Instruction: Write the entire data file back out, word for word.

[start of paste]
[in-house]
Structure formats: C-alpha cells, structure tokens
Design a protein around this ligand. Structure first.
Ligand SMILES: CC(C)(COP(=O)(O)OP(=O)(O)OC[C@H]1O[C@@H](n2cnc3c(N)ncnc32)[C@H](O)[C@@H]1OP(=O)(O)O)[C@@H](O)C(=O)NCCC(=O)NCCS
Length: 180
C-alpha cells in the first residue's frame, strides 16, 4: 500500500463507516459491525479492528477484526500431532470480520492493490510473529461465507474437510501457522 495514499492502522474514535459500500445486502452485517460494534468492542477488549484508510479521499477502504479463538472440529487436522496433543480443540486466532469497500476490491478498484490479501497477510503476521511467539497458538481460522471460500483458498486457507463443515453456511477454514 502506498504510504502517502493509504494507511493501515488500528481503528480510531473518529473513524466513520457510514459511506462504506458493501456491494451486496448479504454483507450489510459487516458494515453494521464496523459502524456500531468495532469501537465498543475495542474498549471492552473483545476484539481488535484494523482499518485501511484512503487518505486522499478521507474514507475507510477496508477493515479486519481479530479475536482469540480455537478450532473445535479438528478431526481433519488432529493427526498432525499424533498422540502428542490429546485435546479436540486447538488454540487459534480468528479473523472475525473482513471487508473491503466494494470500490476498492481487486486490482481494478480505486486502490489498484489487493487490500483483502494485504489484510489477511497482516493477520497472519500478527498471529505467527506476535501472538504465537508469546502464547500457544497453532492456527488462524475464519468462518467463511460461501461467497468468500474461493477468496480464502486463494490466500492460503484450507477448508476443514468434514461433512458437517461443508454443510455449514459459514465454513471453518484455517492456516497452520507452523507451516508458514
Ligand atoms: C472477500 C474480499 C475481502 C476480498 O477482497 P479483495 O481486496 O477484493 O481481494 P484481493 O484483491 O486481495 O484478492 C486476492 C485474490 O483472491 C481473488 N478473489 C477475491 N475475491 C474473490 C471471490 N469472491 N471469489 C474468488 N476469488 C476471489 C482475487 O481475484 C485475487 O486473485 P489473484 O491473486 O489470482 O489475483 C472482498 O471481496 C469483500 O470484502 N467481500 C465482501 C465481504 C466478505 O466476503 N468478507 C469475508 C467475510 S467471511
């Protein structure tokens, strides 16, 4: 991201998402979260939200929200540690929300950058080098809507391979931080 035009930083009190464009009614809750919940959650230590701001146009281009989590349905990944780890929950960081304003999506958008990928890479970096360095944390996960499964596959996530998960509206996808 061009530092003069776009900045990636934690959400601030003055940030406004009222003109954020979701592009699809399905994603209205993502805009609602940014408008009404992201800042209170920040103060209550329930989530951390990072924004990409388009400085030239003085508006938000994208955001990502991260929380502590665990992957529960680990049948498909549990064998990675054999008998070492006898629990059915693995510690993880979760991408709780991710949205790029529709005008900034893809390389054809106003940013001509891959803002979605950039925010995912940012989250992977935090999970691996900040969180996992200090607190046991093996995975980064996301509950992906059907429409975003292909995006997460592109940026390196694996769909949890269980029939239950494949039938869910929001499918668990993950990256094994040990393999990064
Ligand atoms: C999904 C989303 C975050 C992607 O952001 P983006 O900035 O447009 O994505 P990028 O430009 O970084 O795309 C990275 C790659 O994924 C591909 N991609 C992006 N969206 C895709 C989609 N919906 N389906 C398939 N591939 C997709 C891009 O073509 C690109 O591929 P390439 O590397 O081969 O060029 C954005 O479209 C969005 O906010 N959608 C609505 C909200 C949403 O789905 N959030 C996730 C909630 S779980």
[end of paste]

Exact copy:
[in-house]
Structure formats: C-alpha cells, structure tokens
Design a protein around this ligand. Structure first.
Ligand SMILES: CC(C)(COP(=O)(O)OP(=O)(O)OC[C@H]1O[C@@H](n2cnc3c(N)ncnc32)[C@H](O)[C@@H]1OP(=O)(O)O)[C@@H](O)C(=O)NCCC(=O)NCCS
Length: 180
C-alpha cells in the first residue's frame, strides 16, 4: 500500500463507516459491525479492528477484526500431532470480520492493490510473529461465507474437510501457522 495514499492502522474514535459500500445486502452485517460494534468492542477488549484508510479521499477502504479463538472440529487436522496433543480443540486466532469497500476490491478498484490479501497477510503476521511467539497458538481460522471460500483458498486457507463443515453456511477454514 502506498504510504502517502493509504494507511493501515488500528481503528480510531473518529473513524466513520457510514459511506462504506458493501456491494451486496448479504454483507450489510459487516458494515453494521464496523459502524456500531468495532469501537465498543475495542474498549471492552473483545476484539481488535484494523482499518485501511484512503487518505486522499478521507474514507475507510477496508477493515479486519481479530479475536482469540480455537478450532473445535479438528478431526481433519488432529493427526498432525499424533498422540502428542490429546485435546479436540486447538488454540487459534480468528479473523472475525473482513471487508473491503466494494470500490476498492481487486486490482481494478480505486486502490489498484489487493487490500483483502494485504489484510489477511497482516493477520497472519500478527498471529505467527506476535501472538504465537508469546502464547500457544497453532492456527488462524475464519468462518467463511460461501461467497468468500474461493477468496480464502486463494490466500492460503484450507477448508476443514468434514461433512458437517461443508454443510455449514459459514465454513471453518484455517492456516497452520507452523507451516508458514
Ligand atoms: C472477500 C474480499 C475481502 C476480498 O477482497 P479483495 O481486496 O477484493 O481481494 P484481493 O484483491 O486481495 O484478492 C486476492 C485474490 O483472491 C481473488 N478473489 C477475491 N475475491 C474473490 C471471490 N469472491 N471469489 C474468488 N476469488 C476471489 C482475487 O481475484 C485475487 O486473485 P489473484 O491473486 O489470482 O489475483 C472482498 O471481496 C469483500 O470484502 N467481500 C465482501 C465481504 C466478505 O466476503 N468478507 C469475508 C467475510 S467471511
């Protein structure tokens, strides 16, 4: 991201998402979260939200929200540690929300950058080098809507391979931080 035009930083009190464009009614809750919940959650230590701001146009281009989590349905990944780890929950960081304003999506958008990928890479970096360095944390996960499964596959996530998960509206996808 061009530092003069776009900045990636934690959400601030003055940030406004009222003109954020979701592009699809399905994603209205993502805009609602940014408008009404992201800042209170920040103060209550329930989530951390990072924004990409388009400085030239003085508006938000994208955001990502991260929380502590665990992957529960680990049948498909549990064998990675054999008998070492006898629990059915693995510690993880979760991408709780991710949205790029529709005008900034893809390389054809106003940013001509891959803002979605950039925010995912940012989250992977935090999970691996900040969180996992200090607190046991093996995975980064996301509950992906059907429409975003292909995006997460592109940026390196694996769909949890269980029939239950494949039938869910929001499918668990993950990256094994040990393999990064
Ligand atoms: C999904 C989303 C975050 C992607 O952001 P983006 O900035 O447009 O994505 P990028 O430009 O970084 O795309 C990275 C790659 O994924 C591909 N991609 C992006 N969206 C895709 C989609 N919906 N389906 C398939 N591939 C997709 C891009 O073509 C690109 O591929 P390439 O590397 O081969 O060029 C954005 O479209 C969005 O906010 N959608 C609505 C909200 C949403 O789905 N959030 C996730 C909630 S779980």